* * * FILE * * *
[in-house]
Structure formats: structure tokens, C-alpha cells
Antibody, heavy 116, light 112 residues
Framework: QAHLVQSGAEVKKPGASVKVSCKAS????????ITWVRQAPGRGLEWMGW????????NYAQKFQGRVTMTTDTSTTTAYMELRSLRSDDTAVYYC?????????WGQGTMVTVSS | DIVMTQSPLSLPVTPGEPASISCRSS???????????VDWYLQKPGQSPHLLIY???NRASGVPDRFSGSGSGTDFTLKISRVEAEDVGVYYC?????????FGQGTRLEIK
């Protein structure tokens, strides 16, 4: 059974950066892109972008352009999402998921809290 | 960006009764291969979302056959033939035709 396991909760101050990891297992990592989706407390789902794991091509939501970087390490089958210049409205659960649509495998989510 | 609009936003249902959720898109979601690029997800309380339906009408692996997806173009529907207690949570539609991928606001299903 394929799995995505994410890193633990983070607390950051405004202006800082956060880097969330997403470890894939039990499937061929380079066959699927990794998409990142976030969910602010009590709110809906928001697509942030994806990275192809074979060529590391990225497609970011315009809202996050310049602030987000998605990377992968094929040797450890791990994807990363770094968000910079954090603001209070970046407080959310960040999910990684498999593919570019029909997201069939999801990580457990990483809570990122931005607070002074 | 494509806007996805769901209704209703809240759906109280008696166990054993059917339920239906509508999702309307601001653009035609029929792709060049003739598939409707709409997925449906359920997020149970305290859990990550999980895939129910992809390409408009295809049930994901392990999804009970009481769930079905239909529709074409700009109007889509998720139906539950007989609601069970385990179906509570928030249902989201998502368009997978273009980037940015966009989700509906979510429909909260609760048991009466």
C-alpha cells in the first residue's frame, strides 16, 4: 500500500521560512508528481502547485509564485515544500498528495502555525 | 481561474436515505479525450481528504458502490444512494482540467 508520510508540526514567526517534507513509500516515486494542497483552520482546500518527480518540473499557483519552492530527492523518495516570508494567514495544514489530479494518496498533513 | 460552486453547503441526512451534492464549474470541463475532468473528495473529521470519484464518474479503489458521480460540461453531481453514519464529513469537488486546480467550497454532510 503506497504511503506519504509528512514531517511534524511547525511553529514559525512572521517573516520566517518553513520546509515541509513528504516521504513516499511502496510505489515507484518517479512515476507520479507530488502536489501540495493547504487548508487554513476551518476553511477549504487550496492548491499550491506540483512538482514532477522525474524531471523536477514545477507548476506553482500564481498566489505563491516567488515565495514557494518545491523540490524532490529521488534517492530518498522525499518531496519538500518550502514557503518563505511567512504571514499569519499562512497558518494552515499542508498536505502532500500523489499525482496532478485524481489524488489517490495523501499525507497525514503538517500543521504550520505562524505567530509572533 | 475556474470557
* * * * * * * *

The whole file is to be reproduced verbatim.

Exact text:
[in-house]
Structure formats: structure tokens, C-alpha cells
Antibody, heavy 116, light 112 residues
Framework: QAHLVQSGAEVKKPGASVKVSCKAS????????ITWVRQAPGRGLEWMGW????????NYAQKFQGRVTMTTDTSTTTAYMELRSLRSDDTAVYYC?????????WGQGTMVTVSS | DIVMTQSPLSLPVTPGEPASISCRSS???????????VDWYLQKPGQSPHLLIY???NRASGVPDRFSGSGSGTDFTLKISRVEAEDVGVYYC?????????FGQGTRLEIK
């Protein structure tokens, strides 16, 4: 059974950066892109972008352009999402998921809290 | 960006009764291969979302056959033939035709 396991909760101050990891297992990592989706407390789902794991091509939501970087390490089958210049409205659960649509495998989510 | 609009936003249902959720898109979601690029997800309380339906009408692996997806173009529907207690949570539609991928606001299903 394929799995995505994410890193633990983070607390950051405004202006800082956060880097969330997403470890894939039990499937061929380079066959699927990794998409990142976030969910602010009590709110809906928001697509942030994806990275192809074979060529590391990225497609970011315009809202996050310049602030987000998605990377992968094929040797450890791990994807990363770094968000910079954090603001209070970046407080959310960040999910990684498999593919570019029909997201069939999801990580457990990483809570990122931005607070002074 | 494509806007996805769901209704209703809240759906109280008696166990054993059917339920239906509508999702309307601001653009035609029929792709060049003739598939409707709409997925449906359920997020149970305290859990990550999980895939129910992809390409408009295809049930994901392990999804009970009481769930079905239909529709074409700009109007889509998720139906539950007989609601069970385990179906509570928030249902989201998502368009997978273009980037940015966009989700509906979510429909909260609760048991009466």
C-alpha cells in the first residue's frame, strides 16, 4: 500500500521560512508528481502547485509564485515544500498528495502555525 | 481561474436515505479525450481528504458502490444512494482540467 508520510508540526514567526517534507513509500516515486494542497483552520482546500518527480518540473499557483519552492530527492523518495516570508494567514495544514489530479494518496498533513 | 460552486453547503441526512451534492464549474470541463475532468473528495473529521470519484464518474479503489458521480460540461453531481453514519464529513469537488486546480467550497454532510 503506497504511503506519504509528512514531517511534524511547525511553529514559525512572521517573516520566517518553513520546509515541509513528504516521504513516499511502496510505489515507484518517479512515476507520479507530488502536489501540495493547504487548508487554513476551518476553511477549504487550496492548491499550491506540483512538482514532477522525474524531471523536477514545477507548476506553482500564481498566489505563491516567488515565495514557494518545491523540490524532490529521488534517492530518498522525499518531496519538500518550502514557503518563505511567512504571514499569519499562512497558518494552515499542508498536505502532500500523489499525482496532478485524481489524488489517490495523501499525507497525514503538517500543521504550520505562524505567530509572533 | 475556474470557